nietzsche whip

5 Crazy Facts About The Life of Friedrich Nietzsche

Friedrich Nietzsche was a German philosopher who really hated Christianity and morality. His philosophy has often erroneously been conflated with Nazism because his sister was kind of a dick  Nazi who wanted to revive her brother’s work after his death. By revive, I mean grossly manipulate to make it seem anti-semitic and Nazi-ish because, hey, when in Rome, right?

In 2000, Alain de Botton made a six part series on philosophy which is now available online. One episode on Nietzsche details his life and work. Little did I know Nietzsche’s life was kind of a shit show. Here are the five craziest things about Nietzsche’s life from Alain de Botton’s video.

#1 Nietzsche was a failure during his lifetime

Nietzsche had the impressive feat of becoming a professor by the age of 24. However, he was alienated by his peers and forced to retire by the age of 35. Nietzsche also wanted abandon philosophy in favor of gardening, but apparently failed at that as well. It wasn’t until after his death that Nietzche’s work began to be read widely.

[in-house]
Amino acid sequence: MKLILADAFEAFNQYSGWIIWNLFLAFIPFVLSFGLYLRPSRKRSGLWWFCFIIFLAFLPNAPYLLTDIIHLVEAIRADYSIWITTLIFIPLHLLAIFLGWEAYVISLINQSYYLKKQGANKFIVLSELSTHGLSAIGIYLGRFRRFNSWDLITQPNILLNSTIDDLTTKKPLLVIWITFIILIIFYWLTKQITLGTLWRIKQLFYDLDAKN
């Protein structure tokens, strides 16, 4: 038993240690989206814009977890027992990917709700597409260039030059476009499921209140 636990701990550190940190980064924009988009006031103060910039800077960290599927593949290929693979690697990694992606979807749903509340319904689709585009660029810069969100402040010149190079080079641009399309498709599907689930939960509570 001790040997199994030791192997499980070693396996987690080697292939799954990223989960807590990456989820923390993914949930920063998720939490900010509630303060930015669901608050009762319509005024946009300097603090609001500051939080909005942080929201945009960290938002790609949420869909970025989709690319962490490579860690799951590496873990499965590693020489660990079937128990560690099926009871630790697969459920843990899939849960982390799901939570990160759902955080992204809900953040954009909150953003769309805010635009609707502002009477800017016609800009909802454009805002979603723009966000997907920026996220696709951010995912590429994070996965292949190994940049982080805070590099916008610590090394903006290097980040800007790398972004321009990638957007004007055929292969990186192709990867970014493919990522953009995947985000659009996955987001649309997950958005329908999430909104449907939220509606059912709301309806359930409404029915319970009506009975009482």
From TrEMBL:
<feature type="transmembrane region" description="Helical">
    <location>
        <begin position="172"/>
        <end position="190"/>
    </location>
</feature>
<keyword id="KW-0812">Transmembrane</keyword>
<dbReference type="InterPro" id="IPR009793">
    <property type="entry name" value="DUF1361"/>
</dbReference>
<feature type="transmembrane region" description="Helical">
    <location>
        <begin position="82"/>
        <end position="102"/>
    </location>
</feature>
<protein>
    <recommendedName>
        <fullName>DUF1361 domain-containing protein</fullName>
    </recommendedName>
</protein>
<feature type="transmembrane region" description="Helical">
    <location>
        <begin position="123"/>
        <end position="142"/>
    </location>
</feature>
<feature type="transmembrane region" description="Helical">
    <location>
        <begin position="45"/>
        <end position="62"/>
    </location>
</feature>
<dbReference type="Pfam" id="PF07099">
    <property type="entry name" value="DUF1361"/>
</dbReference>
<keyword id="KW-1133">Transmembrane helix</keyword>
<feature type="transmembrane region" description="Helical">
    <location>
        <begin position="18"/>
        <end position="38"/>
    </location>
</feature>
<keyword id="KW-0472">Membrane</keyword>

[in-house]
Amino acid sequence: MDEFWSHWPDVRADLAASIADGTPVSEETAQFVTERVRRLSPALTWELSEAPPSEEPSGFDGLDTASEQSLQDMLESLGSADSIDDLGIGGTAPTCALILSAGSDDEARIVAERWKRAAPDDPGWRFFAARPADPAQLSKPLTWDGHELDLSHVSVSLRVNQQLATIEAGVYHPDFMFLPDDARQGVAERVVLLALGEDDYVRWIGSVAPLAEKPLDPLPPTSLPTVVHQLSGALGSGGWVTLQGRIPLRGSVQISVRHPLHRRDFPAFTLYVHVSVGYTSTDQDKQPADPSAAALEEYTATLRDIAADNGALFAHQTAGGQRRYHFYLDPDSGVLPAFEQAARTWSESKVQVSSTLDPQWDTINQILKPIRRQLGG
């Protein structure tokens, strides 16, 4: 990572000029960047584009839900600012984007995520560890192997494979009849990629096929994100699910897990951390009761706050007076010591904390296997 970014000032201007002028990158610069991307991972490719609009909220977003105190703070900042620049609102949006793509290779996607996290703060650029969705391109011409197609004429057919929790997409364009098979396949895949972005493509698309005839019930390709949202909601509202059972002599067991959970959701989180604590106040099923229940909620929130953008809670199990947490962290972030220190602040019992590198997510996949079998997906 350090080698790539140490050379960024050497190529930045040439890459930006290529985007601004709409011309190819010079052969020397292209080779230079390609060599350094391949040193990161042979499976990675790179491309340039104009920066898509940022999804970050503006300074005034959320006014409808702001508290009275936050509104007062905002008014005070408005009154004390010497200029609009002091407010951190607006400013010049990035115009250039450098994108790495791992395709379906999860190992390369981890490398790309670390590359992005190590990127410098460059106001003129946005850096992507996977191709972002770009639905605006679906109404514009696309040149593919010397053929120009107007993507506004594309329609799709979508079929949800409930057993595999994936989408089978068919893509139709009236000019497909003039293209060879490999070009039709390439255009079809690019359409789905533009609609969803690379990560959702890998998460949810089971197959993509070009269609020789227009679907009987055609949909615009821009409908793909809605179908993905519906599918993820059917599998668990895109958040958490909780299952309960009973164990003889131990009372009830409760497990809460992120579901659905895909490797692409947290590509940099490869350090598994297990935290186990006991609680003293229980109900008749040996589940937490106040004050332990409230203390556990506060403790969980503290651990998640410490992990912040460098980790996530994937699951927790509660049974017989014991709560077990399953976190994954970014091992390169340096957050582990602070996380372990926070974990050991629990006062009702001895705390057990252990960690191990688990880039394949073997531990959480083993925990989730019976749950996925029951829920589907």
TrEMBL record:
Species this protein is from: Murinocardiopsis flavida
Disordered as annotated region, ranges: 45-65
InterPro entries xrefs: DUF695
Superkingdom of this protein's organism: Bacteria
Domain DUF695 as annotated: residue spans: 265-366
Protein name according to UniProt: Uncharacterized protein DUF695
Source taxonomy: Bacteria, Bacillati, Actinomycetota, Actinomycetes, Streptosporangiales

#2 His mustache frightened women

Botton claims that Nietzsche was grotesquely incompetent at romance. Apparently, Nietzsche’s epic hipster mustache “scared” women at the time. And that’s probably for the better, because Nietzsche also managed to contract syphilis at a brothel while he was still in college.

nietzsche whip
Nietzsche was also allegedly in love with this woman

#3 He was sickly for most of his life